One Hundred Poets, One Poem Each: Sangi Takamura

Maker(s)
Artist: Utagawa Kuniyoshi 歌川国芳 (1797-1861)
Historical period(s)
Edo period, ca. 1840-42
Medium
Woodblock print; ink and color on paper
Dimensions
H x W (overall): 36.2 x 25.6 cm (14 1/4 x 10 1/16 in)
Geography
Japan
Credit Line
The Anne van Biema Collection
Collection
Arthur M. Sackler Gallery
Accession Number
S2004.3.173
On View Location
Currently not on view
Classification(s)
Print
Type

Woodblock print

Keywords
Anne van Biema collection, boat, Edo period (1615 - 1868), Japan, oban, ukiyo-e, WWII-era provenance
Provenance
Provenance information is currently unavailable
Label

A poem from the collection, One Hundred Poets, One Poem Each (Hyakunin isshu), inspired this print from a series by Kuniyoshi. The poem was composed by the courtier Sangi Ono no Takamura (802-852), the leading poet of his time, who was esteemed for his knowledge of Chinese literature and his ability to compose poetry in Chinese. The imagery chosen to illustrate the poem refers to its composition just as the poet was setting out by boat for Oki Island, where he was exiled in 837 for refusing to join a diplomatic mission to China. The poem reads:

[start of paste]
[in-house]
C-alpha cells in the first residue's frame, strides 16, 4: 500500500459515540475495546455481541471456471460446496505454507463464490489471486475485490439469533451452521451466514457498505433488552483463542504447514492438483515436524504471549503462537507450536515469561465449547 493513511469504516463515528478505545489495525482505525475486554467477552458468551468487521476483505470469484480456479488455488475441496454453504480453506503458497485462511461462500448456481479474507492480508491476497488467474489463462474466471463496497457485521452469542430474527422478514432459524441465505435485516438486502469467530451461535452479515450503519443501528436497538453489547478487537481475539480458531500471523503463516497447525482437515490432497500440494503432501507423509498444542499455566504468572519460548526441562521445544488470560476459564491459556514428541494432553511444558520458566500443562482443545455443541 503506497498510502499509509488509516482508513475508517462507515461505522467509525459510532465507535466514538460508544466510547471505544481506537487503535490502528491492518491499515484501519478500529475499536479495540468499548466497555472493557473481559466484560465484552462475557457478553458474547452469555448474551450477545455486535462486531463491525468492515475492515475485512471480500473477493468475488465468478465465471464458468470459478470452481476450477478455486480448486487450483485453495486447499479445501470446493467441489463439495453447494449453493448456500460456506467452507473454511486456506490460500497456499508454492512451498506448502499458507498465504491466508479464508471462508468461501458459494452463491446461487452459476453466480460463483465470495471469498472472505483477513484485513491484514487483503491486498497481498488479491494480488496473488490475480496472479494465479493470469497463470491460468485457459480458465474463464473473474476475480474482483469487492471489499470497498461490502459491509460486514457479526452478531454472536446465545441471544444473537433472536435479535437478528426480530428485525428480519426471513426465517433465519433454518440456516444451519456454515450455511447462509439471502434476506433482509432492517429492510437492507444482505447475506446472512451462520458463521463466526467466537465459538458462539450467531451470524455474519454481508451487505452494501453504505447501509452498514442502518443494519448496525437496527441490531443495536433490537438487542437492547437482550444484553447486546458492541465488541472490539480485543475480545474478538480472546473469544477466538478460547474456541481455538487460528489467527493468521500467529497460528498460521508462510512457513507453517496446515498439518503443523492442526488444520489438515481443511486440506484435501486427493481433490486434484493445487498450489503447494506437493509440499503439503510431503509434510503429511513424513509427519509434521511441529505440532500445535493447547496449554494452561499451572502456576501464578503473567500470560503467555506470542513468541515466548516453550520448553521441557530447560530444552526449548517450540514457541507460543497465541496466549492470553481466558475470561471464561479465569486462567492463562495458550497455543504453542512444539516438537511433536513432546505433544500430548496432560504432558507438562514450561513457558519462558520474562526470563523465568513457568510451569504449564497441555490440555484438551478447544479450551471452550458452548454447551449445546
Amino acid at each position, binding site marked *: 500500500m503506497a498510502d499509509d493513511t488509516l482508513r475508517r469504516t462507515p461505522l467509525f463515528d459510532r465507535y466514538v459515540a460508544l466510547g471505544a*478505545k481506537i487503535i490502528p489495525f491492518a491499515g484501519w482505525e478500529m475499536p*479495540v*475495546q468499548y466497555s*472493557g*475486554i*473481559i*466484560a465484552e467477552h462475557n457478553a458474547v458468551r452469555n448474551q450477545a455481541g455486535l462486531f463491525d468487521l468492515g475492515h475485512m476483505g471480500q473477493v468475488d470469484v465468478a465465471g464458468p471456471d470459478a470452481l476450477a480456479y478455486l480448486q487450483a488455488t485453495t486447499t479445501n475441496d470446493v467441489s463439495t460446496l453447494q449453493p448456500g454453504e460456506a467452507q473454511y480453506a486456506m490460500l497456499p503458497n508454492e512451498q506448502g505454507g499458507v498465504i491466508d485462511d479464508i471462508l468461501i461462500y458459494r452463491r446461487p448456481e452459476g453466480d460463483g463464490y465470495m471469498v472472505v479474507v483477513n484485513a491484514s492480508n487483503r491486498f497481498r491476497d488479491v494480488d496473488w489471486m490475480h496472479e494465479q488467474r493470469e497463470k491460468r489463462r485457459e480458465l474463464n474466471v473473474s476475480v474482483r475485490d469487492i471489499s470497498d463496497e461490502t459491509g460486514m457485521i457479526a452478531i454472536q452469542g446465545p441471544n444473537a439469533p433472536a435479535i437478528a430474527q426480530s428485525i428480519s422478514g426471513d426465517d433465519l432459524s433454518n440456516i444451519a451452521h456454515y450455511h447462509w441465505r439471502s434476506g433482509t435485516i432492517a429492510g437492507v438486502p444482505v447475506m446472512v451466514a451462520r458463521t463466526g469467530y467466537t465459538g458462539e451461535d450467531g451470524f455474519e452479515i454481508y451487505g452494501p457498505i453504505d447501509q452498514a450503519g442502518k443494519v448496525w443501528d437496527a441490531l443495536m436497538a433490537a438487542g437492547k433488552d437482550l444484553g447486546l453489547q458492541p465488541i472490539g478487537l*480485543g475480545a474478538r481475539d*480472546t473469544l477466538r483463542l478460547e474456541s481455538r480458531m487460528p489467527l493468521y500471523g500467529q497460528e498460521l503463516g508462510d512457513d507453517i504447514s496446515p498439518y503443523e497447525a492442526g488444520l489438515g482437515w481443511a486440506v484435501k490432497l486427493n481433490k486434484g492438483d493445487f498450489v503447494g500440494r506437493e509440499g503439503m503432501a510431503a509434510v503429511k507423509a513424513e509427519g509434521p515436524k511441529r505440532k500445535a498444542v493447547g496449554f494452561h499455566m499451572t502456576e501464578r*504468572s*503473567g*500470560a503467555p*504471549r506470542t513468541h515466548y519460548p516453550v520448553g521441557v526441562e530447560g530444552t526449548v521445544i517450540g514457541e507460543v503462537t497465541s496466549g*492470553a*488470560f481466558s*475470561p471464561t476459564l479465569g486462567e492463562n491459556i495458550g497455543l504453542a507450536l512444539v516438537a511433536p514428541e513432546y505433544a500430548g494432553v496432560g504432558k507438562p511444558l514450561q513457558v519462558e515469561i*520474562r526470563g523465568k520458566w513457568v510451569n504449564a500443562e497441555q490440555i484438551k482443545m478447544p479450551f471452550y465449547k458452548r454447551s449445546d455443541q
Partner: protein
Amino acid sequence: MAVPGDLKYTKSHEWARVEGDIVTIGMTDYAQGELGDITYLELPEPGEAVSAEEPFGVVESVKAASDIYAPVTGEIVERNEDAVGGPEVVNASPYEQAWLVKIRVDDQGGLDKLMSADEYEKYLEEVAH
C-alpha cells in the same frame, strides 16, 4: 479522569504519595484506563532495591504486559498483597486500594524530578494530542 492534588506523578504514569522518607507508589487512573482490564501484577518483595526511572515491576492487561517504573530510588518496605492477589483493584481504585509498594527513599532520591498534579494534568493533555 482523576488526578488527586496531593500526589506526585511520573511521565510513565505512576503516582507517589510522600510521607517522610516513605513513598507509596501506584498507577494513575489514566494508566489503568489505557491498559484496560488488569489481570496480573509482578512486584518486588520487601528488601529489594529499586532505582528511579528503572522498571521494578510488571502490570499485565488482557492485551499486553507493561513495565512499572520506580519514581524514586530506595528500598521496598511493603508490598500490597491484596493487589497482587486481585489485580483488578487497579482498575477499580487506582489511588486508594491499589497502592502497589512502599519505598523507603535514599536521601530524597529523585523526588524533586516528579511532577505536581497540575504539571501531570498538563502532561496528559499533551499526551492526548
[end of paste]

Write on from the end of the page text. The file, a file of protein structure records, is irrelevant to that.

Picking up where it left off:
O, tell her, at least,
 that I have rowed out, heading toward
 the innumerable isles
 of the ocean's wide plain,
 you fishing boats of the sea-folk!

Translation of poem by Joshua S. Mostow (Pictures of the Heart: The Hyakunin isshu in Word and Image [Honolulu: University of Hawaii Press, 1996])

Published References
  • Ann Yonemura, with contributions by et al. Masterful Illusions: Japanese Prints from the Anne van Biema Collection. Seattle and Washington. cat. 122, pp. 298-299.
Collection Area(s)
Japanese Art
Web Resources
Google Cultural Institute
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